London’s largest rough sleeper charity, St Mungo’s, said 35 per cent of the homeless people it supports have severe and enduring mental illnesses, and a survey of its hostels found that 85 per cent of residents were in poor mental health.
Residents of hostels reported a range of personality, anxiety or post-traumatic stress disorders. None of them had been formally diagnosed with mental health problems.
Research from homelessness charity Crisis shows rough sleepers are between 50 and 100 times more likely to have a psychotic disorder than the general population.
Homeless women, refugees and asylum seekers and those from black and ethnic minority communities, as well as those who also misuse drugs or alcohol are particularly affected.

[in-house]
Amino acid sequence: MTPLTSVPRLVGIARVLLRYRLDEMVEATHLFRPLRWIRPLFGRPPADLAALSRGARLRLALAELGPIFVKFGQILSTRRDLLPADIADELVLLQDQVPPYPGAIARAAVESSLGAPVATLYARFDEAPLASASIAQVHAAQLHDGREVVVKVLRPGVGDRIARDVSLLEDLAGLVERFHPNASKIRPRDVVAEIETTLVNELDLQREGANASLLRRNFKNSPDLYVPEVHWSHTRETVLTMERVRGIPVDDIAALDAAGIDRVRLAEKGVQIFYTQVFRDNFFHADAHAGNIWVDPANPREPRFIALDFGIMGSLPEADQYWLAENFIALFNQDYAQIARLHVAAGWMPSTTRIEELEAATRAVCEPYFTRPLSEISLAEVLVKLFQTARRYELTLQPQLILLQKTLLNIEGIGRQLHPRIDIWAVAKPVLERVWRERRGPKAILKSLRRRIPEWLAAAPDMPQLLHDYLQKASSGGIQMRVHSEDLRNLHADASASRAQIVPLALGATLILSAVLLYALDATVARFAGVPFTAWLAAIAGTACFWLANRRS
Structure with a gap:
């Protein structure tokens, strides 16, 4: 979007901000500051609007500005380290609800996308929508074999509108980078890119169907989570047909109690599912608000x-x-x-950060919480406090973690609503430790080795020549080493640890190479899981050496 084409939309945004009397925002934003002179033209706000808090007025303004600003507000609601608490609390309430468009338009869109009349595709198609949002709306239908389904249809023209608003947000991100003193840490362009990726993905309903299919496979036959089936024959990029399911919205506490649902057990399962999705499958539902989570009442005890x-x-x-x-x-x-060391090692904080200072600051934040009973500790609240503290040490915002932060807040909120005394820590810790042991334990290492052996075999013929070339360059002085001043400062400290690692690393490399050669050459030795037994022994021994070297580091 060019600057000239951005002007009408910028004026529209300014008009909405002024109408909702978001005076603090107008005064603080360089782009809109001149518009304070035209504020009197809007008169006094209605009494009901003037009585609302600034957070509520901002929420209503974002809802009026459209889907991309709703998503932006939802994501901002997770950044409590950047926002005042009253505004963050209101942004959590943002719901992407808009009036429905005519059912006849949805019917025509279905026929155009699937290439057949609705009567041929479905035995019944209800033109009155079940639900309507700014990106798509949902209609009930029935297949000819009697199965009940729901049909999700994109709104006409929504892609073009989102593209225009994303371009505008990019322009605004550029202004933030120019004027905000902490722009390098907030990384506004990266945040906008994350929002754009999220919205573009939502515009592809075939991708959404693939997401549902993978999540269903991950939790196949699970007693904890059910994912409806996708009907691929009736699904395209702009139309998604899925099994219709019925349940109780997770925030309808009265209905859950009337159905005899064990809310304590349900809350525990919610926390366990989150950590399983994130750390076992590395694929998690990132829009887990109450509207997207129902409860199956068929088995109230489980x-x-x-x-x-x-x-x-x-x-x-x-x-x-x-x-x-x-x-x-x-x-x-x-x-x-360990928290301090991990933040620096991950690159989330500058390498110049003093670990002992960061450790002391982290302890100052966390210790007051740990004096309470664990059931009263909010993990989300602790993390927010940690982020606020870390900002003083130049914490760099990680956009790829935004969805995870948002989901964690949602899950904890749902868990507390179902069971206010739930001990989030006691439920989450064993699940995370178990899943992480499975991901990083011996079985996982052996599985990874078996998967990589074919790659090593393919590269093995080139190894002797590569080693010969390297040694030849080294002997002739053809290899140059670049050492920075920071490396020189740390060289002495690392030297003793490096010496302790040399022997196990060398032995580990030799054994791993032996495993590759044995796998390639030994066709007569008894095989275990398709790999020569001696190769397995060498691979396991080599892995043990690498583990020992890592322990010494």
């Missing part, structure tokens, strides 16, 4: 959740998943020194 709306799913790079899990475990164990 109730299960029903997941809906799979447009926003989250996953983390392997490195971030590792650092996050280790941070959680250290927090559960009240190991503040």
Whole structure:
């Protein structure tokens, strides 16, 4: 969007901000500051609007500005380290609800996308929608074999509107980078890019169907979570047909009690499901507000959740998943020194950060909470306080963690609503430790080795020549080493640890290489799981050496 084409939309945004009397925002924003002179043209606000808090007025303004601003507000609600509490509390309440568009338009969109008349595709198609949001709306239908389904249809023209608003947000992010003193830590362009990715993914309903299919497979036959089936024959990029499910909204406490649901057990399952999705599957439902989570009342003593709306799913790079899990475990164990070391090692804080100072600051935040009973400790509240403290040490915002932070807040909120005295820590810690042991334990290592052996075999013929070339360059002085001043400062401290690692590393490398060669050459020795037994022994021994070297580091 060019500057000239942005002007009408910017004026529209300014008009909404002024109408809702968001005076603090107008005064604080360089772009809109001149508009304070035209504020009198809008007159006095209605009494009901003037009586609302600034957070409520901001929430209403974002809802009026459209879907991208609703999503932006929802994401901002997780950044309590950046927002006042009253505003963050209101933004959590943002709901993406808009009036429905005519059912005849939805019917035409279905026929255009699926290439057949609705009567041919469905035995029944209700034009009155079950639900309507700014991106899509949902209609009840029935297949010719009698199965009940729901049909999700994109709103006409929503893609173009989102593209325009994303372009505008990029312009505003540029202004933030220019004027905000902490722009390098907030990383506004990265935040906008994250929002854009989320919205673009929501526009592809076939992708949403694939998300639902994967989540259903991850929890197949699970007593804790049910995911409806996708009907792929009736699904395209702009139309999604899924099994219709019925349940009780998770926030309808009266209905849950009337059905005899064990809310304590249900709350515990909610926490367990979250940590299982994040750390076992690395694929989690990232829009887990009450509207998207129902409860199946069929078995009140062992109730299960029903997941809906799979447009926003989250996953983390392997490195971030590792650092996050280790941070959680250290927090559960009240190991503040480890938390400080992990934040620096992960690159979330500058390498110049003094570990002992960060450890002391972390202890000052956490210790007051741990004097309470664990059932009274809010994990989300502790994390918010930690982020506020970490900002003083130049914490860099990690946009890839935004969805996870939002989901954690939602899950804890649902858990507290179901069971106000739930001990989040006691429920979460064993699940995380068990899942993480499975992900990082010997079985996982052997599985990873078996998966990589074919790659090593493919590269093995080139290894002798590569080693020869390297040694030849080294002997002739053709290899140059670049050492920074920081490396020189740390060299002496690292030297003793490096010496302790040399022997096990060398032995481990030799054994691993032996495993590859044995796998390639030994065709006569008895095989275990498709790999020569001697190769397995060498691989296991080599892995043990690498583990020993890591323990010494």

St Mungo’s has begun a ten-week national call for evidence to bring together best practice on mental health and homelessness. It plans to publish its findings in the autumn.
Chief executive Charles Fraser said: “Despite the very welcome reduction in the numbers of rough sleepers over the last decade, the proportion with a mental illness has remained static at around a third. These are often the individuals with the most intractable problems, who need the most determined help, and it is reprehensible they are not getting it.”
‘We urgently need to find out more about how the causes, the true state of mental health among rough sleepers and ways of supporting them that enable them to rebuild their lives.’